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You’ve Earned a Say

Online Chat: The Future of Medicare and Social Security

Missed the May 23 conversation? Read the transcript

Comment from J. Ferrell: Experts disagree on when to start taking benefits. What is your opinion?

David Certner, AARP: When to best take Social Security often depends on your personal circumstances. Generally, the earlier you take your benefits, the greater the actuarial reduction. So if you can wait to take your benefits, they’ll be higher for the rest of your lifetime. The AARP Social Security Calculator will help estimate your Social Security benefits and show you the best time to claim Social Security.

Comment from Carol Singleton: Why can't Medicare negotiate with drug companies to lower prices on drugs to seniors? Even Canada's prices are lower than ours, on the same products. Not fair!!

David Certner, AARP: Carol, we agree that Medicare should have the power to negotiate for lower drug costs. This is especially needed where there is no competition for the brand-name drug. The United States pays the highest drug prices in the world. AARP has supported legislation to allow for the safe importation of lower-priced drugs from Canada and other nations. Doing this would increase competition and lead to lower prices in our country.

Comment from Michael Podufaly: Is there any truth to the rumor that the Medicare Part B premium will double in the next two years without Social Security doubling also?

David Certner, AARP: No. As you may know, the standard Part B premiums — now $99 per month — generally increase every year with the increase in total Part B costs. While we expect the premiums to go up annually, they are generally expected to increase at a few dollars per month, as they have done in the past.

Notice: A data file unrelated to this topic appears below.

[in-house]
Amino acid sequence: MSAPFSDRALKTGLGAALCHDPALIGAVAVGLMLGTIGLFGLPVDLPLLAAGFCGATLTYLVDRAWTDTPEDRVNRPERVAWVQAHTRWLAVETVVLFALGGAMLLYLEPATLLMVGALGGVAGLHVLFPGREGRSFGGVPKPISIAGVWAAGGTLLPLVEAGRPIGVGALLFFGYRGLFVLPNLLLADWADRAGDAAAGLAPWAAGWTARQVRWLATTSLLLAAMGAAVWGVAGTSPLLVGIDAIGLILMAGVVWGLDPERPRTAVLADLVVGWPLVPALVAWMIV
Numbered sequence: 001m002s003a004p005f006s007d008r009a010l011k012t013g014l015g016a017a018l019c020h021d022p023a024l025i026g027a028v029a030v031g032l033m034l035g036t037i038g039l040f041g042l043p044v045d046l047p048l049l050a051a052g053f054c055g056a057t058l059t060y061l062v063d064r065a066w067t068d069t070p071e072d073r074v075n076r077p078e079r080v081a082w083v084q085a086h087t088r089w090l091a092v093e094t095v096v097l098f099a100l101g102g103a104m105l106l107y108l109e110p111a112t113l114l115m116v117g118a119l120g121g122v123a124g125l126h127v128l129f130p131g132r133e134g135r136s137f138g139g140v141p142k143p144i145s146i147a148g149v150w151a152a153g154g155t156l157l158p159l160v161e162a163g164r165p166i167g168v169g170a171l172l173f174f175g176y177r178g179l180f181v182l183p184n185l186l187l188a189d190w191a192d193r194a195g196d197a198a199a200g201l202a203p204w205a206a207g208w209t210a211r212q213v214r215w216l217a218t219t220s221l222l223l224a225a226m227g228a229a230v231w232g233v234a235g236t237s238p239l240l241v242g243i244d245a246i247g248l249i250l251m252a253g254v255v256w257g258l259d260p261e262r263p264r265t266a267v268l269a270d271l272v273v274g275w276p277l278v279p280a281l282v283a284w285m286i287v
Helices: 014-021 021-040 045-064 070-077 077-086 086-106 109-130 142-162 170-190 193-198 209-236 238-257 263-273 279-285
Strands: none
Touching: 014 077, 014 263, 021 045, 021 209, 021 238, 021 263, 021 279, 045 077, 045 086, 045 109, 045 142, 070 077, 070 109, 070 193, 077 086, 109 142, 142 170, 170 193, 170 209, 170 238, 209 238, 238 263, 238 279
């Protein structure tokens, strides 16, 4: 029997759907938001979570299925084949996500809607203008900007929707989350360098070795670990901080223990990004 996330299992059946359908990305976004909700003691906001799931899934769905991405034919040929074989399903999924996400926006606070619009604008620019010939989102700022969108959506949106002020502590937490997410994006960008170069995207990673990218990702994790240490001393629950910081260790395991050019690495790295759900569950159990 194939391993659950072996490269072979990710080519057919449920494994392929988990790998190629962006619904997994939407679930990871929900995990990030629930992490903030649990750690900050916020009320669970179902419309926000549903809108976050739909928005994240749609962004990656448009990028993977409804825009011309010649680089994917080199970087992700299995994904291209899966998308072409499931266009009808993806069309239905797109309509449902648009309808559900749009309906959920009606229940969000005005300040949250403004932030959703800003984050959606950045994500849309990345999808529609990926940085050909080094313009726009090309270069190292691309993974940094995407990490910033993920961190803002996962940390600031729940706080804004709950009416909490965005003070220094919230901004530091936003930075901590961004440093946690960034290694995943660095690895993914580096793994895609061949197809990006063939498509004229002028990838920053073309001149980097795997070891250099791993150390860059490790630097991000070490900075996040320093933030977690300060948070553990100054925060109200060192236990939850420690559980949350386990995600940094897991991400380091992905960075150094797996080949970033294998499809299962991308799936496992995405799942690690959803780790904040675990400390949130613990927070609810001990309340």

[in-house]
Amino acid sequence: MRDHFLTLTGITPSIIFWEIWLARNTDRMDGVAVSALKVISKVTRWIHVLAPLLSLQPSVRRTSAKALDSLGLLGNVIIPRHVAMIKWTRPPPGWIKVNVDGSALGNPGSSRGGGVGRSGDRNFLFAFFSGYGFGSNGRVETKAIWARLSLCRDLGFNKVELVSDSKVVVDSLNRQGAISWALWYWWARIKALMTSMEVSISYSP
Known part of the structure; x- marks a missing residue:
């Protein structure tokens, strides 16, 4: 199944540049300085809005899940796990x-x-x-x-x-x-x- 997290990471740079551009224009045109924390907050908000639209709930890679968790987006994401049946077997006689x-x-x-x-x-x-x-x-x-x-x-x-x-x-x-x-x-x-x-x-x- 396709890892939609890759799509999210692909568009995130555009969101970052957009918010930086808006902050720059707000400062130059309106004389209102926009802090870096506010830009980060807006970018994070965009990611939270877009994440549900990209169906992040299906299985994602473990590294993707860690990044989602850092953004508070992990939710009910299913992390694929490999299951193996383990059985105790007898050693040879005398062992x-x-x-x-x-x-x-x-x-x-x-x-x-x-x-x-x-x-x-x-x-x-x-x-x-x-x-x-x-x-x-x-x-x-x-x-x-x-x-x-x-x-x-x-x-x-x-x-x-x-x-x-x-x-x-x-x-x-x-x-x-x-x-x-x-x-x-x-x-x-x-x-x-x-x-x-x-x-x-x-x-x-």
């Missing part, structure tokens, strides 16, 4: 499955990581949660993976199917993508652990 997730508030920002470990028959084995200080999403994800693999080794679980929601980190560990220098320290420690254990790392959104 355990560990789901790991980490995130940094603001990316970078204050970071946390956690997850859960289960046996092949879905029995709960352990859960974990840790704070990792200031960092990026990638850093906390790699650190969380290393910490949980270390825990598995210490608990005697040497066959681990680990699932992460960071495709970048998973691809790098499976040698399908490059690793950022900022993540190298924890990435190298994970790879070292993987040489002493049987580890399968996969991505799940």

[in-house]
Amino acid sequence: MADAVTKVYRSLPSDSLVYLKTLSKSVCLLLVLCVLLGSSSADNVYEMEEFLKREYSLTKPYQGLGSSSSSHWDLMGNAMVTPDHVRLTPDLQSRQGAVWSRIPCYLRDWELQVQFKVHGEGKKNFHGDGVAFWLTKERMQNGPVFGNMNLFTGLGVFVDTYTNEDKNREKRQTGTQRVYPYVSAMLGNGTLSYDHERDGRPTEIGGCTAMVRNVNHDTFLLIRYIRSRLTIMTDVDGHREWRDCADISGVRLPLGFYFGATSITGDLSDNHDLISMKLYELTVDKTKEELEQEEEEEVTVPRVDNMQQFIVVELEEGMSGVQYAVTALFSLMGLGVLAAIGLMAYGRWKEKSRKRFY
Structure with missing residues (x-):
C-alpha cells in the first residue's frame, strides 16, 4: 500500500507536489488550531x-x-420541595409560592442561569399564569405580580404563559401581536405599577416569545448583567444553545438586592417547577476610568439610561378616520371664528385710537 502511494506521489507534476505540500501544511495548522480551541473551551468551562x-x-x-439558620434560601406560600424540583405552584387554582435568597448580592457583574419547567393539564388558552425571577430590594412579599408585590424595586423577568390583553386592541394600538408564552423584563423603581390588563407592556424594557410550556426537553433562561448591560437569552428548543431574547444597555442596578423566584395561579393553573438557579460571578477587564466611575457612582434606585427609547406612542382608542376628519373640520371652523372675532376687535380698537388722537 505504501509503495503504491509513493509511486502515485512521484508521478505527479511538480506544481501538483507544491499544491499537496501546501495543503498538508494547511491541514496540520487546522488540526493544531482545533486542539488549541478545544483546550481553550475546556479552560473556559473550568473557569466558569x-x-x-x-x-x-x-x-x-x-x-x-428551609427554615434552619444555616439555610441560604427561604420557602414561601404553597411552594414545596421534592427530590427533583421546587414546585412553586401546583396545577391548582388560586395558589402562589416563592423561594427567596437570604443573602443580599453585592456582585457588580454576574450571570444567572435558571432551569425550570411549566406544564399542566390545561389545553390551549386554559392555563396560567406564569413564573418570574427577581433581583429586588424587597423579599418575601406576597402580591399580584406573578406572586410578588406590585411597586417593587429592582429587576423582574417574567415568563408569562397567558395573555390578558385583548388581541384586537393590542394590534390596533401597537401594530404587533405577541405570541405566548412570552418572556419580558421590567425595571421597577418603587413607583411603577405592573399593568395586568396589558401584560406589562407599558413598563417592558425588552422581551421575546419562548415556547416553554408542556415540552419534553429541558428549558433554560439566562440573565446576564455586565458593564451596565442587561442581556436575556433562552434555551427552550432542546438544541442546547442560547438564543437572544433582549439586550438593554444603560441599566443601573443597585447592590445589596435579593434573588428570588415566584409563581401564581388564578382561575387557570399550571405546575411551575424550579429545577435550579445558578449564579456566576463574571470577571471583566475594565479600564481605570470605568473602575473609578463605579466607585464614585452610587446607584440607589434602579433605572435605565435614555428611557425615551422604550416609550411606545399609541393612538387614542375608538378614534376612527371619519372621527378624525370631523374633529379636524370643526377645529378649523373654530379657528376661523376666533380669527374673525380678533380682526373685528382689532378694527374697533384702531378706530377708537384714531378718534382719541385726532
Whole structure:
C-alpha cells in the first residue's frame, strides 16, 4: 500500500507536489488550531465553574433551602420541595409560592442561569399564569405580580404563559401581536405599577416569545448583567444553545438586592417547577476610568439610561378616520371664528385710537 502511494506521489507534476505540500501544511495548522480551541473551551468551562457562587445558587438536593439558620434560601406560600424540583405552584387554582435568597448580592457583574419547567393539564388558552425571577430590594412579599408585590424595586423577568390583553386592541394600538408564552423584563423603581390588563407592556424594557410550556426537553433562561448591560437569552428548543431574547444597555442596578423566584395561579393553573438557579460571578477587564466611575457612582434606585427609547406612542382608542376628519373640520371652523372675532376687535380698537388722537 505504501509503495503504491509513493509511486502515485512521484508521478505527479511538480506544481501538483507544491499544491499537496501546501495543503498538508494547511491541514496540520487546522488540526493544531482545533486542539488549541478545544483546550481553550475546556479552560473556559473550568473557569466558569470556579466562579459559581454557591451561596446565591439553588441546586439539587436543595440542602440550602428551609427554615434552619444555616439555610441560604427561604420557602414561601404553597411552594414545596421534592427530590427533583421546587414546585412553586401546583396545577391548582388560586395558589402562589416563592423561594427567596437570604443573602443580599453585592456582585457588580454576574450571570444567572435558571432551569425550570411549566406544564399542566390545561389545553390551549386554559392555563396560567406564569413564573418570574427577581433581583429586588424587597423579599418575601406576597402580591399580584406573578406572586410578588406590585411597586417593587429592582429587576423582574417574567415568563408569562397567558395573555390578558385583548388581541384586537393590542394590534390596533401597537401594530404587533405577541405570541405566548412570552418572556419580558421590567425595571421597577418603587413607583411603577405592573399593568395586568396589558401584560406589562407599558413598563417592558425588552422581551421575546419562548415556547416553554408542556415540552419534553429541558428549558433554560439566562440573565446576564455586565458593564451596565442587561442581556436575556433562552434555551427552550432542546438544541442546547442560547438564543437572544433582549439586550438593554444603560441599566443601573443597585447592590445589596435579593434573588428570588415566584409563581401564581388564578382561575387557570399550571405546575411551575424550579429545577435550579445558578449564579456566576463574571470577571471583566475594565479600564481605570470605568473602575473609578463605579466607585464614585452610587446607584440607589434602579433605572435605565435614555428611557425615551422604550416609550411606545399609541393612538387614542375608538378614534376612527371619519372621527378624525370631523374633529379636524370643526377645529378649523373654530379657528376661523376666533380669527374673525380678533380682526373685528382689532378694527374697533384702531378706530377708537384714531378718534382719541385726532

Comment from Kitty Ruderman: Can we prevent Congress from making their threatened cuts to Medicare? We need this program intact.

David Certner, AARP: We agree that Medicare is critical to the health security of older Americans. During the past two years there have been a number of options on the table in budget discussions to reduce Medicare benefits. As part of AARP’s You’ve Earned A Say initiative, we will be working to make sure that people are aware of some of the lead options, as well as provide the pros and cons of different approaches to Medicare changes. We think it’s important that the Congress and the president hear from people like you what these changes may mean to your health security and that of your family. As part of You've Earned a Say, we will be putting out the leading options that have been discussed in Washington — including the pros and cons of each of the options by outside experts who represent different points of view. You can find them online, about both Medicare and Social Security.

Comment from Wendy [via Twitter]: What’s the chance Medicare will collapse within 10 years?

David Certner, AARP: Thanks for the Twitter question. (Remember, you can tweet us a question using the hashtag #askYEAS.) Medicare is but one part of our nation’s health care system that is both costly and inefficient. It is fundamentally important that in order to help Medicare, we first address problems in our entire health care system. Medicare also faces long-term funding challenges, particularly as the number of seniors increase and as health care costs continue to rise faster than inflation. But Medicare is too important to the health care of older Americans to simply “collapse.” Part of the debate we are having today is about what changes we can make to our health care system, as well as what adjustments we can make to Medicare in order to ensure it’s strong for the future and includes changes such as better care coordination, better use of health information technology, and better efforts to weed out waste and fraud. For up-to-date information about what’s happening, please follow me on twitter at @DavidCertner.

Comment from David: Where was AARP on the payroll tax issue?

David Certner, AARP: As you may know, to help stimulate the economy during the past two years, a 2 percent reduction in the Social Security payroll tax was temporarily enacted. AARP insisted that Social Security’s funding be made whole, which it has been. We have now clearly stated that in order to protect Social Security for the future, the temporary tax break should expire.

Next: Is AARP endorsing Obama or Romney in election 2012? »

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